Are there any exemptions or methods to mitigate corporate real estate tax liability?
The seller and purchaser of real estate are jointly liable for tax. In practice, the purchase contract imposes the tax obligation on the purchaser.
Tax rates vary among the federal states between 3.5% and 6.5%
Notarisation is required. Seller and purchaser are jointly liable towards the notary. Usually, the purchaser bears the notary fees in full.
The notary fees are calculated based on a statutory fee table. Large real estate transactions can easily trigger notary fees in a five or even six figure Euro amount.
Yes, there are structures which allow for avoidance of real estate transfer tax. Typically, these structures involve a special purpose vehicle which owns the property, while the special purpose vehicle is owned by two legally and commercially independent parties. These structures are under strict scrutiny of the tax authorities and require advance legal and tax advice.
German Federal Ministry of Justice
This is the official website of the German Federal Ministry of Justice. Some acts and ordinances are translated into English. However, only the German version is authoritative.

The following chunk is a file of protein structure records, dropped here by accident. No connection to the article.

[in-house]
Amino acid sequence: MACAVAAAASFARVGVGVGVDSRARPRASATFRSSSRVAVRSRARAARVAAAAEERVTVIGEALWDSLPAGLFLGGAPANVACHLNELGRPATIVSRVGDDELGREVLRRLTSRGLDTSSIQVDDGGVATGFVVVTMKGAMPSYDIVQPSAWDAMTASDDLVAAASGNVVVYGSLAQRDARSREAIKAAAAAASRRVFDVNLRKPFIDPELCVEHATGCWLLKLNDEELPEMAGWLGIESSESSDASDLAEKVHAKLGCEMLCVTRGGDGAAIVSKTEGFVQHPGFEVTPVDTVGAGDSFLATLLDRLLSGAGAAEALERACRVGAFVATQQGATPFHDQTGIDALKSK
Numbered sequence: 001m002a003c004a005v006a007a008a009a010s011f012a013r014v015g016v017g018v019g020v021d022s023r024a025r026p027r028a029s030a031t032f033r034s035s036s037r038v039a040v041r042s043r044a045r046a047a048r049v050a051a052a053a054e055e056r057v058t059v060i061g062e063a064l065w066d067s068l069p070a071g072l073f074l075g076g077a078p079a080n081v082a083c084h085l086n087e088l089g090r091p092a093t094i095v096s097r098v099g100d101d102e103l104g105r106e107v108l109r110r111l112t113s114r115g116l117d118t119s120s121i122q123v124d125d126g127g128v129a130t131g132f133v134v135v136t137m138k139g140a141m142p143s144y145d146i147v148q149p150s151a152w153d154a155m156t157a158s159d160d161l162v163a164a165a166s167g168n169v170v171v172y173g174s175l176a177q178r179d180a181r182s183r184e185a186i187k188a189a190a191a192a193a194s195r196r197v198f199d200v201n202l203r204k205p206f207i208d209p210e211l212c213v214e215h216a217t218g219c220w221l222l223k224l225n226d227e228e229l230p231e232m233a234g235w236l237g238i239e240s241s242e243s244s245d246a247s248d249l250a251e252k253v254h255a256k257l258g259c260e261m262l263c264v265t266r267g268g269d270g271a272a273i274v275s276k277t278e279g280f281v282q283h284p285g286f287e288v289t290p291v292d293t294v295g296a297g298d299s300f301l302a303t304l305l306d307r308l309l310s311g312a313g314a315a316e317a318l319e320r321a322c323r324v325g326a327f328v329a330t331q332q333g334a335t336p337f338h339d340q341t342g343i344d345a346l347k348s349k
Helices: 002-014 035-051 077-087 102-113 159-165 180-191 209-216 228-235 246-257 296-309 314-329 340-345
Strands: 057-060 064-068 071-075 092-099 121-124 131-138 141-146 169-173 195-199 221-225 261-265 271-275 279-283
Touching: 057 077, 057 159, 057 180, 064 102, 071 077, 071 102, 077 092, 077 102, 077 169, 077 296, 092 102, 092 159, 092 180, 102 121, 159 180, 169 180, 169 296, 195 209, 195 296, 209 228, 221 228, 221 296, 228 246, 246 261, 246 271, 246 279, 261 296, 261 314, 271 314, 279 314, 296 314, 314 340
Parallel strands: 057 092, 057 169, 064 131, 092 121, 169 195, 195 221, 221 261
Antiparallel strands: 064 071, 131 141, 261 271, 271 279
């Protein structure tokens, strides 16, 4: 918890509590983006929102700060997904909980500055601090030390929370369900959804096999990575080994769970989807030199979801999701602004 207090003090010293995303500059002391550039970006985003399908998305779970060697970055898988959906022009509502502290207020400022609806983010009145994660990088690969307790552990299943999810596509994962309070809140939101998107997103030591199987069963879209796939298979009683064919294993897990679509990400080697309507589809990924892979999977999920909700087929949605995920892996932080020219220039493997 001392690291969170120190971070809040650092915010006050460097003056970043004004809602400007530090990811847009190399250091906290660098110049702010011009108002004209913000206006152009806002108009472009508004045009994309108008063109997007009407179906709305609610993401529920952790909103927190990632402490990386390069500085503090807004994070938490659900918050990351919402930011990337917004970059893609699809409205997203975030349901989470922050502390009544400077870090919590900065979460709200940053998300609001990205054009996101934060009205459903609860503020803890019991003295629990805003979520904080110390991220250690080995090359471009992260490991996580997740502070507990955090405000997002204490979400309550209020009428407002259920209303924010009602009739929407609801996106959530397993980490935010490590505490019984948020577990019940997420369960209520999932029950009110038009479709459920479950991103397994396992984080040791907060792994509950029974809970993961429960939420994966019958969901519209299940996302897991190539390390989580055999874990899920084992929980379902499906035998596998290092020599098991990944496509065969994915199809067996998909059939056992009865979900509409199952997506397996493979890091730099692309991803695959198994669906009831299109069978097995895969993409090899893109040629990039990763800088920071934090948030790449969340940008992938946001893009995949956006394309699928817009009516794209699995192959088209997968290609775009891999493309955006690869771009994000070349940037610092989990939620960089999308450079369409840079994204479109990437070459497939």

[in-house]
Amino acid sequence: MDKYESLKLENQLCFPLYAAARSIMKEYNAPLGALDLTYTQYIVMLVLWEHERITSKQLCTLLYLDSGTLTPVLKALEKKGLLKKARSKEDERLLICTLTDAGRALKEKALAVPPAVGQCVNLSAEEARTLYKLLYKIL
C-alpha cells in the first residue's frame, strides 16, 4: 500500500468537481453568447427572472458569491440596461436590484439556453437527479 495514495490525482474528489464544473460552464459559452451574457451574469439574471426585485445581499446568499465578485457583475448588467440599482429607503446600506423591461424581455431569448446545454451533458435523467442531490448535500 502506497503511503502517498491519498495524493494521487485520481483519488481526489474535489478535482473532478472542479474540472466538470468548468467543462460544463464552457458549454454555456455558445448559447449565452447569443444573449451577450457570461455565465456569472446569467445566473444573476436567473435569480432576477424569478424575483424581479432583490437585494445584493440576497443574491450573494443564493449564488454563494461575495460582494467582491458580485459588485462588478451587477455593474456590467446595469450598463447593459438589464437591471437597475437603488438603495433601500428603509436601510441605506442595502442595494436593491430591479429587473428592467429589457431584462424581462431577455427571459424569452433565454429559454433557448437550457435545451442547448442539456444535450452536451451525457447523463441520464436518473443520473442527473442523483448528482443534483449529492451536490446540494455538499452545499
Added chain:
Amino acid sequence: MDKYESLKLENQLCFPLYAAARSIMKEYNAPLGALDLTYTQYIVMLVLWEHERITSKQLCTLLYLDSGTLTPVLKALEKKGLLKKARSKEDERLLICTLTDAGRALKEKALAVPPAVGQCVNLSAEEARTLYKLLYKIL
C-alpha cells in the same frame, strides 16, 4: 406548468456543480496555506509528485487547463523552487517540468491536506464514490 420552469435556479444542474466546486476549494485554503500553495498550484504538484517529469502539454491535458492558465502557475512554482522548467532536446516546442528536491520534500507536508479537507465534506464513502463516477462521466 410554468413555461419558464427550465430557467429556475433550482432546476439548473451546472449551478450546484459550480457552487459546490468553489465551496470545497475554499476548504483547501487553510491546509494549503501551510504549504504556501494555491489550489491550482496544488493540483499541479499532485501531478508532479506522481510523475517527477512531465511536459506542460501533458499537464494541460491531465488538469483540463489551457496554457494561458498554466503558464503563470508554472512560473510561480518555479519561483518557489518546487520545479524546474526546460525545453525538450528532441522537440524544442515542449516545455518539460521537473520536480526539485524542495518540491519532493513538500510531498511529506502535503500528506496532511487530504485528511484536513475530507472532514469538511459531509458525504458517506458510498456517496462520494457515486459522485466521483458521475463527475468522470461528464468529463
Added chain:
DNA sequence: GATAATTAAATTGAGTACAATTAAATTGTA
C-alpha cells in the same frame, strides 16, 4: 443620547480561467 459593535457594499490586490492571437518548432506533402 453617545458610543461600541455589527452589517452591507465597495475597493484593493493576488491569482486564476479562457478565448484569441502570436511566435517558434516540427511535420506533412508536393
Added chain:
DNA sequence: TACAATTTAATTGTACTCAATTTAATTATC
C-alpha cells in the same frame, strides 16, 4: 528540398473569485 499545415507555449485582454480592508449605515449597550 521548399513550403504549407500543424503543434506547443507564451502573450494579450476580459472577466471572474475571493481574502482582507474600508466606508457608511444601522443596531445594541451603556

Rose & Partner LLP
Professional qualifications. Rechtsanwalt, Germany
Areas of practice. Corporate law; real estate law; corporate and real estate finance
Legal due diligence and advice on the acquisition of several retail centres across Germany.
Advice on raising mezzanine capital for real estate investments.
Structuring inbound real estate investments for foreign private clients.
Languages. German, English, Spanish
Rose & Partner LLP
Professional qualifications. L.LM (Taxation), Attorney at law, Tax adviser
Areas of practice. Tax structuring, real estate taxation, inheritance tax, tax
- Tax due diligence for a share deal acquiring real estate in Bielefeld.
- Tax structuring for several inbound investments in real estate.
- Tax structuring for a real estate development.
Languages. German, English